Banks urged to comply with regulations
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Banks urged to comply with regulations

The Governor of the Bank of Ghana, Dr Ernest Addison has emphasised the need for banks to be abreast and comply with banking regulations in order to survive in a fast changing environment.

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He said with the dynamics of finance and banking becoming increasingly complex, the need for robust, informed and adaptive regulatory practices has become more apparent than ever.

The Governor said this in a keynote address that was read on his behalf at the opening of the Regional Course on Legal Foundations of Bank Regulation and Implementation organised by the West African Institute for Financial and Economic Management (WAIFEM) in collaboration with the International Monetary Fund.

Dr Addison said in the aftermath of the global financial crisis of 2008, the world witnessed firsthand the consequences of inadequate regulation and oversight.

“Banks and financial institutions around the globe faltered, economies tumbled, and it was clear that a lack of understanding and proper implementation of banking regulations had profound, far-reaching consequences,” he said.

He said a robust understanding of the legal framework was crucial for ensuring that banks and financial institutions comply with both domestic and international laws.

“In-depth legal knowledge helps regulators enforce compliance, reducing the risk of financial malpractice and crisis that can arise from non-compliance.

“It also ensures that regulations are interpreted correctly and uniformly across board, thereby maintaining a level playing field,” he added.

Regulators

Dr Addison also noted that regulators with a comprehensive grasp of legal principles are better equipped to formulate effective and enforceable regulations.

He said this capacity was especially important in responding to the continuous innovation within financial markets, such as the rise in fintech and digital currencies.

“Legal expertise helps in crafting regulations that can effectively address new products and services without stifling innovation,” he said.

Course objectives

Highlighting the objectives of the regional course, the Director General of WAIFEM, Dr Baba Y Musa, said the course was meticulously crafted to enhance understanding of the legal framework in central banking, central bank independence, bank regulation and resolution issues and challenges.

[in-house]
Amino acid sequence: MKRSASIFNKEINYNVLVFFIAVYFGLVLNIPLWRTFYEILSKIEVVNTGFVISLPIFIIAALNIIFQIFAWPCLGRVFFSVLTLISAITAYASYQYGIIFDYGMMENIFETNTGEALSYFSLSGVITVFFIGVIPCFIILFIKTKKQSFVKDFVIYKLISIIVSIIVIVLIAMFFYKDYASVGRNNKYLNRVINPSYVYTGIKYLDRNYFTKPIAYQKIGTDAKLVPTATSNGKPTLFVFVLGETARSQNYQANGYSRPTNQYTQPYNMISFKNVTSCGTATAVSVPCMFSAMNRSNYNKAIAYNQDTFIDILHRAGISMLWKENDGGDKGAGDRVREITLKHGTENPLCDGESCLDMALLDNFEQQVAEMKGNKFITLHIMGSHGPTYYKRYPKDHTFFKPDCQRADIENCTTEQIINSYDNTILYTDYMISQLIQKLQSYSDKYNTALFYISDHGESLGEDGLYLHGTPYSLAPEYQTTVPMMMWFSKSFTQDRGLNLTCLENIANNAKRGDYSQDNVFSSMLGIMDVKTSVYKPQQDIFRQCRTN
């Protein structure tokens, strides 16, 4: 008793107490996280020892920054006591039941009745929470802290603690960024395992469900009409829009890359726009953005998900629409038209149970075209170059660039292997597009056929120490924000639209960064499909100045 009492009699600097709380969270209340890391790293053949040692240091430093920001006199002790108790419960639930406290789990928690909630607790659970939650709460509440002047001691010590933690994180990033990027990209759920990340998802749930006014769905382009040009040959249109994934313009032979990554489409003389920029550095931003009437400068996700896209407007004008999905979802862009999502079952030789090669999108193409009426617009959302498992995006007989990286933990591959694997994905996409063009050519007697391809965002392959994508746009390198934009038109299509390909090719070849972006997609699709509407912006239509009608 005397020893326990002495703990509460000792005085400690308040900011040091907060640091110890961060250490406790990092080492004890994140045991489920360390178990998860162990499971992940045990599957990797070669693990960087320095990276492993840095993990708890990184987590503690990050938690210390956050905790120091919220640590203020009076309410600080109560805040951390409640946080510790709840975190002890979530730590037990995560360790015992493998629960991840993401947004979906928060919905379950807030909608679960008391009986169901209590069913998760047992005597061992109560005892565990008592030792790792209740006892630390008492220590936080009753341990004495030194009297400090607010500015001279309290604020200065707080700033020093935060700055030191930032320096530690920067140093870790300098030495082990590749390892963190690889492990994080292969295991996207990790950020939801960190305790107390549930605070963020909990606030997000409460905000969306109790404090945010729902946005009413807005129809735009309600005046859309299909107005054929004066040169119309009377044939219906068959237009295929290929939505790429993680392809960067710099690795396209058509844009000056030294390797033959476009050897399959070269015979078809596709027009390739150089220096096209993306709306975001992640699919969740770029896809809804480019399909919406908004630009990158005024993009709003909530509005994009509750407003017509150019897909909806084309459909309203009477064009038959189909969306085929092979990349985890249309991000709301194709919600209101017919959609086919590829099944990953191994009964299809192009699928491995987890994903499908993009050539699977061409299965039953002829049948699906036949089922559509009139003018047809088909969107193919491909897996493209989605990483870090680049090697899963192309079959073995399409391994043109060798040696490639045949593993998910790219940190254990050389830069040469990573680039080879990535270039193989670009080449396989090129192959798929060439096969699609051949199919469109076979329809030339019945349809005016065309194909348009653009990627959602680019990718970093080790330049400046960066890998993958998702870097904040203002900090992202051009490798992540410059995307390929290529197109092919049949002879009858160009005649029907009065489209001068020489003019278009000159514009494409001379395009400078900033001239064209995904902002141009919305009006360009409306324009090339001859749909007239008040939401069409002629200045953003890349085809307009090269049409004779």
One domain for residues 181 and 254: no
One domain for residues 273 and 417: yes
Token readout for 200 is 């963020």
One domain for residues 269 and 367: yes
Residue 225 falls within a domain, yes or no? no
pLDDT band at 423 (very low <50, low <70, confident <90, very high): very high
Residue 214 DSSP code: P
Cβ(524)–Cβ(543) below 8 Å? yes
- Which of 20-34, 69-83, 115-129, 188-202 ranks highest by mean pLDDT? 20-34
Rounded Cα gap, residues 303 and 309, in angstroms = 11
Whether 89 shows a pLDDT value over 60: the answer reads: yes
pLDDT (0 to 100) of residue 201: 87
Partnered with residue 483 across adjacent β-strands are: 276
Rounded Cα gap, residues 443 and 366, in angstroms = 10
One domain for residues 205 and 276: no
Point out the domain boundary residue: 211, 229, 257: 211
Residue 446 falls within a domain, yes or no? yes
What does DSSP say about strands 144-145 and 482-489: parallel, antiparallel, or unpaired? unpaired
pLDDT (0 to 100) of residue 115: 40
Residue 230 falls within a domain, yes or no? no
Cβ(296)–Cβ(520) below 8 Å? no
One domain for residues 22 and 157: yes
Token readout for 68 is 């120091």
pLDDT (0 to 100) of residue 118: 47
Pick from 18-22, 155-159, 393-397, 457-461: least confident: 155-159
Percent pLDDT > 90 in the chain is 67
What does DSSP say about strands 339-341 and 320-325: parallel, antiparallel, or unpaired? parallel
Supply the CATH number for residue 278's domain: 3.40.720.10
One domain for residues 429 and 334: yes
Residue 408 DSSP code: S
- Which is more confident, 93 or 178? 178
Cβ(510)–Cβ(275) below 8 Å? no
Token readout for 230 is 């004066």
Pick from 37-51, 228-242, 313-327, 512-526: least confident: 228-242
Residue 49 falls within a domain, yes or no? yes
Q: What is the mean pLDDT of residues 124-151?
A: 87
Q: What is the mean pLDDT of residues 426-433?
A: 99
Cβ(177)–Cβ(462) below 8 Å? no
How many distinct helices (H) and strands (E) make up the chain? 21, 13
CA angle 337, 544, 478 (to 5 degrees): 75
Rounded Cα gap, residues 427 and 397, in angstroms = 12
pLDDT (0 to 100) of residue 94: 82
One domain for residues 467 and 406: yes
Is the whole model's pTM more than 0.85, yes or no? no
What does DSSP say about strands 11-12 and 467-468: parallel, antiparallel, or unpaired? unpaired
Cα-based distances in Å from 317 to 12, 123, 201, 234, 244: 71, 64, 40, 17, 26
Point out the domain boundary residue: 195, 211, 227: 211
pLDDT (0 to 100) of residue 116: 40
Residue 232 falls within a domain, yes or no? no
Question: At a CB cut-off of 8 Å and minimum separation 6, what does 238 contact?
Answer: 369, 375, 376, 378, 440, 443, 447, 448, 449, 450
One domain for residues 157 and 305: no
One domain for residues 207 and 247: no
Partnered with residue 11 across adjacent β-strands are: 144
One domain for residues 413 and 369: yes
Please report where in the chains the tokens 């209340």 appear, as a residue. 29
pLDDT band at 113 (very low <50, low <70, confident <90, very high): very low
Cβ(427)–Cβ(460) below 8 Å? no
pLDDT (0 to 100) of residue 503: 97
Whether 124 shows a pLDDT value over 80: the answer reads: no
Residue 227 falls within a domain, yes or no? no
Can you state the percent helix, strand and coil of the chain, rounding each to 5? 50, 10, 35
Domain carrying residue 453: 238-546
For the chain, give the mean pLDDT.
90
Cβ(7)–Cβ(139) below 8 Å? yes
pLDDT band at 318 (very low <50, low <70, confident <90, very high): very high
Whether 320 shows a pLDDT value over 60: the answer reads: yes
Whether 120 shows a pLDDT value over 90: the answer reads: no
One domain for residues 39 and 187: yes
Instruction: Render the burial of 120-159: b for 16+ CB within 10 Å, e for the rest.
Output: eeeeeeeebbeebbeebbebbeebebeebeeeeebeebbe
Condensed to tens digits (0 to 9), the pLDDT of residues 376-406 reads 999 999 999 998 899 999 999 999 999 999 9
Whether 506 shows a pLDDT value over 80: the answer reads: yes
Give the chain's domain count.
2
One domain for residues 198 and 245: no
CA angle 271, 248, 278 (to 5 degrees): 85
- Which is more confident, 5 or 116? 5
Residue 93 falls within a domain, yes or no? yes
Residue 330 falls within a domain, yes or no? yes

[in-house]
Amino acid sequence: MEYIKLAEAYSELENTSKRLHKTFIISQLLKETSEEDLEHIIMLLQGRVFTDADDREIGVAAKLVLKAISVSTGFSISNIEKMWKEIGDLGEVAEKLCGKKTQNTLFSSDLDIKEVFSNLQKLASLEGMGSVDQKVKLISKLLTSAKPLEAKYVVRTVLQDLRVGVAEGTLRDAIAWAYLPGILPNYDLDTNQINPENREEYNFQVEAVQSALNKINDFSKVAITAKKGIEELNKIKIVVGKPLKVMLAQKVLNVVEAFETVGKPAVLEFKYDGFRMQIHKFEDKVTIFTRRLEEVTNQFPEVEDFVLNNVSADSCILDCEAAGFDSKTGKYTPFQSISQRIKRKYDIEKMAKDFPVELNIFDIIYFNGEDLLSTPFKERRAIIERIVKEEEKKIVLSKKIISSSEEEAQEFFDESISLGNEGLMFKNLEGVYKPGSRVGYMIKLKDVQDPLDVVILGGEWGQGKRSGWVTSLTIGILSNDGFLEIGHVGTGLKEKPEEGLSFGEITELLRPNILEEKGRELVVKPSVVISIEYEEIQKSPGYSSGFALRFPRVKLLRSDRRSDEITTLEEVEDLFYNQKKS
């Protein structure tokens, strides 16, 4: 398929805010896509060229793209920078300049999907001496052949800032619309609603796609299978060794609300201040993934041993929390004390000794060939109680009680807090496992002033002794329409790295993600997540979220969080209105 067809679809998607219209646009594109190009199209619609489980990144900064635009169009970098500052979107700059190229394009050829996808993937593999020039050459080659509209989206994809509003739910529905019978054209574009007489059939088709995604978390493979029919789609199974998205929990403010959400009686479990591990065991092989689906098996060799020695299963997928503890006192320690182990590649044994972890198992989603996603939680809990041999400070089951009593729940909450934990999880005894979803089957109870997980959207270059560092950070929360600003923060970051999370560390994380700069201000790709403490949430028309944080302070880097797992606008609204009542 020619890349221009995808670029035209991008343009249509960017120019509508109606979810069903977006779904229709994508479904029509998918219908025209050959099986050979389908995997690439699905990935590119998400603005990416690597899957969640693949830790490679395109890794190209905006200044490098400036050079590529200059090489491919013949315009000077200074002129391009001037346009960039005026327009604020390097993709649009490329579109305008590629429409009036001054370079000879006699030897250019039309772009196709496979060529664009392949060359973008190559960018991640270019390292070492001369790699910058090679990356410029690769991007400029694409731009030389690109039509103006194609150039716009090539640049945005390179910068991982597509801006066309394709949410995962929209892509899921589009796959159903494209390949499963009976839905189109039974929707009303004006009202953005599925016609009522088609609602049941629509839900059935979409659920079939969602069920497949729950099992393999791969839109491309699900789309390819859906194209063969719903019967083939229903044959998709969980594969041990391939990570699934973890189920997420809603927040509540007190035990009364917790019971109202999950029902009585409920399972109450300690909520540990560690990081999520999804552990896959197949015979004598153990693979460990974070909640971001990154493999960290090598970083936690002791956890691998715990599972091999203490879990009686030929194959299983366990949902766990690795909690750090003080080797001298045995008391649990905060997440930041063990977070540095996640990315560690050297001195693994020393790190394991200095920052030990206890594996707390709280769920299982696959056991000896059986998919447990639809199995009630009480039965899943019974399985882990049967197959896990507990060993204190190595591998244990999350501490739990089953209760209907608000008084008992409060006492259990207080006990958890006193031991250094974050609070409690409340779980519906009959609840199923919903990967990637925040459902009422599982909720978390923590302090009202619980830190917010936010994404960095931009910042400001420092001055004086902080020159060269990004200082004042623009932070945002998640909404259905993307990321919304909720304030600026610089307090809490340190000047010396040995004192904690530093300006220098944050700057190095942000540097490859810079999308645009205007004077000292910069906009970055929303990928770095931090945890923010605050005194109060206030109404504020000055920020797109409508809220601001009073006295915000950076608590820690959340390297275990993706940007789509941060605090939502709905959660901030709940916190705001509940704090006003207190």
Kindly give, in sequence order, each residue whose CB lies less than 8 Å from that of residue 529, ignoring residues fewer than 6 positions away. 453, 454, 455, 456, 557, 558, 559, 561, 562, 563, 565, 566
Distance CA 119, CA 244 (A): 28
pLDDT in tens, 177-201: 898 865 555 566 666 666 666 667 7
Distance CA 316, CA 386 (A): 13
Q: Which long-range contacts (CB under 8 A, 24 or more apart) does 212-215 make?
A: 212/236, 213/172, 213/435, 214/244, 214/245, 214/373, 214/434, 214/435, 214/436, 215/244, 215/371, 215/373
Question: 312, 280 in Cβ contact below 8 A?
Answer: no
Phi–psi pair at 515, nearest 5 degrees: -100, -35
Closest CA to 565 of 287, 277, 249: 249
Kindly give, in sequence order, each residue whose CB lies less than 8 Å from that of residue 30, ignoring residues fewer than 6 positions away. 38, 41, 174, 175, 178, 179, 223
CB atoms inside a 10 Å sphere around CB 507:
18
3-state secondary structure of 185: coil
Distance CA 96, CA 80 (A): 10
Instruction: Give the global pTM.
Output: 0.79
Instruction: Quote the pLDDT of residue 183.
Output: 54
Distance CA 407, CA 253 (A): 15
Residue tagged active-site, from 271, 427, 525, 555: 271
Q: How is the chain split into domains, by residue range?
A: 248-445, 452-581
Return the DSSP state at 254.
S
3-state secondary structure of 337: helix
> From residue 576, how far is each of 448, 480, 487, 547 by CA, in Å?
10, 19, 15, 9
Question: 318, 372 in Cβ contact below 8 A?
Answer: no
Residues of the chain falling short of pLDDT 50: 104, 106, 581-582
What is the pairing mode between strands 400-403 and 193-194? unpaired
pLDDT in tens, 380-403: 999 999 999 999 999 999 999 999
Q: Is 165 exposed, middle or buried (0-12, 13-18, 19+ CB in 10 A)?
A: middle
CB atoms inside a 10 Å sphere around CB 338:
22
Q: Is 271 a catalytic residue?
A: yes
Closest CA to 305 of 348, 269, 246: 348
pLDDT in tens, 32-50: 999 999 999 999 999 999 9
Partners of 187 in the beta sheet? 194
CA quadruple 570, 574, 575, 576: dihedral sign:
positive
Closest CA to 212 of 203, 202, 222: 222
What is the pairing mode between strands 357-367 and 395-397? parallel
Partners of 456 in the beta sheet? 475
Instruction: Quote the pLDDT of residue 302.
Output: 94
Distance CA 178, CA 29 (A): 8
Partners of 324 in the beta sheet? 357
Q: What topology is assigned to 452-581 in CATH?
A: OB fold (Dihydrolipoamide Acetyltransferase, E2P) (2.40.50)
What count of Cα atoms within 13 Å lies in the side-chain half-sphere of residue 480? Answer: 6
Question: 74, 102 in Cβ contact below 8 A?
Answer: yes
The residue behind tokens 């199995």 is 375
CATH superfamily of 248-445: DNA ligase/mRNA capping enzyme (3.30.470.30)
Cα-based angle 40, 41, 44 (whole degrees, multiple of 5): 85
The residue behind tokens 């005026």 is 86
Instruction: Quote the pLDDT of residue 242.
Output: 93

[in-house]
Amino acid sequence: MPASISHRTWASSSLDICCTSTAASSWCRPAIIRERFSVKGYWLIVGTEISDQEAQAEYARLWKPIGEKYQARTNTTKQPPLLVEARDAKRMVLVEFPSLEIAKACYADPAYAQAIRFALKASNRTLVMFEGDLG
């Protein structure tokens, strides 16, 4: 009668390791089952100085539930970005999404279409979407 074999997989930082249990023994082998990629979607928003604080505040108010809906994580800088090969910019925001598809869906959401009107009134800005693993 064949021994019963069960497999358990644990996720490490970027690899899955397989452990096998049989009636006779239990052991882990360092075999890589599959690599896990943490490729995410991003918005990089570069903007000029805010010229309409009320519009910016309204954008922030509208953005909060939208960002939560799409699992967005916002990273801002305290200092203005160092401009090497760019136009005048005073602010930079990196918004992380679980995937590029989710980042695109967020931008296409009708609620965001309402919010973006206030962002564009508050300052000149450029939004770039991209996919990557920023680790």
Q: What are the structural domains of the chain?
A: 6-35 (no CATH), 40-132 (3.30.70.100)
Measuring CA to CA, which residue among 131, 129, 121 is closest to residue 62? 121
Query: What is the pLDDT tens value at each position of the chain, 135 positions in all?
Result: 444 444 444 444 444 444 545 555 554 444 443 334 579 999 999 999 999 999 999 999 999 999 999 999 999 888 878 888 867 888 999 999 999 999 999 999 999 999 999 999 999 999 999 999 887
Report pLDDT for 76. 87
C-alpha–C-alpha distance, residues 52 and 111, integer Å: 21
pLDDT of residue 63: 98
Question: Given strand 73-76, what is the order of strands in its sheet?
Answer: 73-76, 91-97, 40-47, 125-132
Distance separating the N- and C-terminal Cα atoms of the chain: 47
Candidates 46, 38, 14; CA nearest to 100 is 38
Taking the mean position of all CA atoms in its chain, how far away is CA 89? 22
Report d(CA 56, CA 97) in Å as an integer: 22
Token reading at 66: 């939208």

He said the curriculum would identify key legal issues relevant to the regulation and supervision of banks, bank resolution, crisis management, and how international best practice addresses those issues.

Dr Musa said it would also analyse and assess domestic financial sector legislation; explain key legal principles and frameworks governing bank regulation; and discuss the processes and challenges involved in implementation.

Established in July 1996 by the central banks of The Gambia, Ghana, Liberia, Nigeria and Sierra Leone, WAIFEM’s primary mandate is to cultivate a cadre of skilled professionals in macroeconomic and financial management.

This is being achieved through targeted training programmes tailored for central banks, core economic ministries and other pivotal public and private sector institutions shaping economic policy.

Dr Musa said with a track record of delivering 942 capacity building programmes to 26,294 participants from across the cub region and beyond, WAIFEM has left an indelible mark on the economic governance and policymaking landscape.

He said WAIFEM remains committed to fostering excellence in economic management and policymaking as it looks to the future.

“We stand ready to continue our journey of empowerment, equipping public officials with the knowledge, skills and expertise needed to navigate the complexities of our ever-changing global economic landscape,” he said.

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